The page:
In the News

In the News:
Hare Krishna Home to Monks, away from World

by Heather Bowser,
Daily Universe, BYU

Posted October 1, 2004

[Gyani Dasa is the youngest monk at the Hare Krishna Temple in Spanish Fork. He is experiencing the simple life of a monk there]

SPANISH FORK - Gyani Dasa closed his eyes and touched his newly-shaved head to the frigid marble floor of the upper temple room. The dawning sunrays bathed him in gold as he rose to greet the statue of Lord Krishna at the front of the temple.

"Hare Krishna, Hare Krishna," rolled off his lips and into the early morning air.

While most people in Utah Valley lay snugly wrapped in warm comforters, Hare Krishna monks like Gyani are gathered for morning worship.

"Hare Hare Krishna Krishna Hare Rama," Dasa continued as other monks joined him in the rhythmic chorus. "Hare Rama Hare Hare Rama Rama."

One down, 1,727 more to go.

At 23, Gyani is the youngest monk at the Spanish Fork Temple and has dedicated his life, dress and speech to worshiping Krishna and bettering the world around him.

"When I was 16, I knew there was something I was looking for that I just couldn't find no matter where I looked," Gyani said.

Gyani spent his teenage years traveling the western United States, studying various ancient philosophies and searching for peace.

"Then one day I read this book called 'Journey of Self Discovery' by a Hare Krishna spiritual leader," Gyani said. "It changed my whole life."

Although Gyani was engaged to be married, he separated himself from all worldly desires and relationships, became saturated in the Hare Krishna beliefs, and set off to the Spanish Fork Temple.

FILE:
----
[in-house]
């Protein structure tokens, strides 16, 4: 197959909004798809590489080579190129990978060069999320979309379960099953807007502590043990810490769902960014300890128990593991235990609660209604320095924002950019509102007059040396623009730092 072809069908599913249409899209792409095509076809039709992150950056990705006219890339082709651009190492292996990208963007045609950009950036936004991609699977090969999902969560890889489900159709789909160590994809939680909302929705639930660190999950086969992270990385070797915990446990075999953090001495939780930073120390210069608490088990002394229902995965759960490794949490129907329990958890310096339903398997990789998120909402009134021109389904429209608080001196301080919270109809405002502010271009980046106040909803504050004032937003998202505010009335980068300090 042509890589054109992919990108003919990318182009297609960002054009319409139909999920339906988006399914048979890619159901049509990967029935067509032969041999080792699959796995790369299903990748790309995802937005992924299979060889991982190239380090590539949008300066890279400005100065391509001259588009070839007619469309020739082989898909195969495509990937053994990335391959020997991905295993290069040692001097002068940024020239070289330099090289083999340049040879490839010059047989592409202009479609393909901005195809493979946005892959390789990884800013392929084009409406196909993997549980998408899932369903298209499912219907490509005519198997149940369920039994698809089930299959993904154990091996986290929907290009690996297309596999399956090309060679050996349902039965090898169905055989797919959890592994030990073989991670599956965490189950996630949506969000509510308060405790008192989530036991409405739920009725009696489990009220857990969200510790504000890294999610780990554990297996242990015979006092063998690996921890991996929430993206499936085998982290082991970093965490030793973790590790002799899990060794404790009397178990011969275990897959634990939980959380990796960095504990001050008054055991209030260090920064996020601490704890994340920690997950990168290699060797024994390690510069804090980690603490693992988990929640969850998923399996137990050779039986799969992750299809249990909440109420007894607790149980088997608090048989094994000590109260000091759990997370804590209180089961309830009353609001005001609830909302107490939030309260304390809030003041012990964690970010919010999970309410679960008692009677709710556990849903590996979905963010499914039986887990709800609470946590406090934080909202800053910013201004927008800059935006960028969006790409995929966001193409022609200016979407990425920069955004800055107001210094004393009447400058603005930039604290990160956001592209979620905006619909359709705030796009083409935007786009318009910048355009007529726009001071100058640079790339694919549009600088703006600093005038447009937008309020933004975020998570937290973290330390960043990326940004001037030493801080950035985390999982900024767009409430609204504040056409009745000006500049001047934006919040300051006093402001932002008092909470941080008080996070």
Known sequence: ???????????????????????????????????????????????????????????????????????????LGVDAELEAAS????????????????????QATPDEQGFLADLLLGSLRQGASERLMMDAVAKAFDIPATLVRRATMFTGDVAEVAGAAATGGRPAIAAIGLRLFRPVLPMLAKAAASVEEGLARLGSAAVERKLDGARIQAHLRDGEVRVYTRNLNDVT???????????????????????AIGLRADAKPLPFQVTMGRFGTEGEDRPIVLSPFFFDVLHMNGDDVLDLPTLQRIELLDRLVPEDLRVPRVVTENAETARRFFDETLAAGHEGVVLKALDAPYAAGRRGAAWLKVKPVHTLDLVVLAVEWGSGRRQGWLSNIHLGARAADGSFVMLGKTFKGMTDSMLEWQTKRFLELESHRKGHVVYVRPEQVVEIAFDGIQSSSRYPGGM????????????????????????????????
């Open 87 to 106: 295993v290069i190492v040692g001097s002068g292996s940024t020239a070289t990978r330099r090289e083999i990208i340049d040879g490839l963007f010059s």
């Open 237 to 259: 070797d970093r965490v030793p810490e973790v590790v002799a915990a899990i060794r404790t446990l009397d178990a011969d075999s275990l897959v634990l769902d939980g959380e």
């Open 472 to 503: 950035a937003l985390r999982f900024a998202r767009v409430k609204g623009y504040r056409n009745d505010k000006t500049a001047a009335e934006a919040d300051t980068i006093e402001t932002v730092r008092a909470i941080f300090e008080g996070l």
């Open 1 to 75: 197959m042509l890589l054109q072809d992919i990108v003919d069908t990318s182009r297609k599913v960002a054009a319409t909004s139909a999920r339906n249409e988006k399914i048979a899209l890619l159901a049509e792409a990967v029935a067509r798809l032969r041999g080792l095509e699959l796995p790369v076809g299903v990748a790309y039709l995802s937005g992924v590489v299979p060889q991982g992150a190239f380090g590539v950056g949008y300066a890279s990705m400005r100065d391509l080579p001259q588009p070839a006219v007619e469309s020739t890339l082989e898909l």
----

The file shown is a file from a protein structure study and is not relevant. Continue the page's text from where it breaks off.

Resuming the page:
"I kept visiting the temple every weekend," he said. "Soon, I got so involved I just moved in."

After a minimum of 12 months, Hare Krishna converts, called devotees, will seek a spiritual leader to guide them in the ways of the Lord Krishna. Once a devotee is proven worthy, they enter into higher covenants with the Lord. The ceremony is called initiation.

Monks are always referred to by their first name because their surname is a spiritual title. For example Dasa (pronounced "das") is a title meaning "servant." The title signifies their devotion to their faith, said Balarama Dasa, 43, an active Hare Krishnan from Orem.

"We covenant to avoid meat, addicting substances, gambling and sexual intercourse -- except within the bonds of marriage to procreate," Balarama said.

Monks and active members of Hare Krishna chant Lord Krishna's name thousands of times a day. These members chant to develop a relationship with Krishna and to detach themselves from all sinful desires.

On a day-to-day basis Gyani wears simple clothing called Dhoti Kurta and with the exception of one lock of hair in the back, he is totally bald.

"Well, I don't have to worry about fashion," Gyani said and smiled. "My dress is a spiritual reminder of who I am. Plus, it's a teaching tool. If I am walking in Wal-Mart and people see me like this, they will stop and ask me questions. I wouldn't get that if I were wearing blue jeans."

Similar to the beliefs of Buddhists, Gyani's baldness represents his detachment from the world. The single lock of hair symbolizes his only attachment -- Lord Krishna.

Hare Krishna monks also have clay painted from their nose to their forehead in the shape of a sacred basal-type tree in India. The marks denote spiritual lineage, and remind them of humility.

"If I had it my way, I would do all kinds of abominable things," Gyani said. "But the difference is, I try to follow Krishna."

**Hare Krishna Monk schedule:

4:30 a.m. Arise.

6 a.m. Morning services and worship.

7 a.m. Chanting and rounds.

8 a.m. Chant hymns or scriptures

9 a.m. Set up buffet and greet visitors until 7p.m.

7 p.m. Laundry or shopping or errands.

8 p.m. Study scriptures.

9 p.m. Relax. Play the guitar to the hymns.

10 p.m. Retire.

*Monks maintain schedule for 1 year to a lifetime.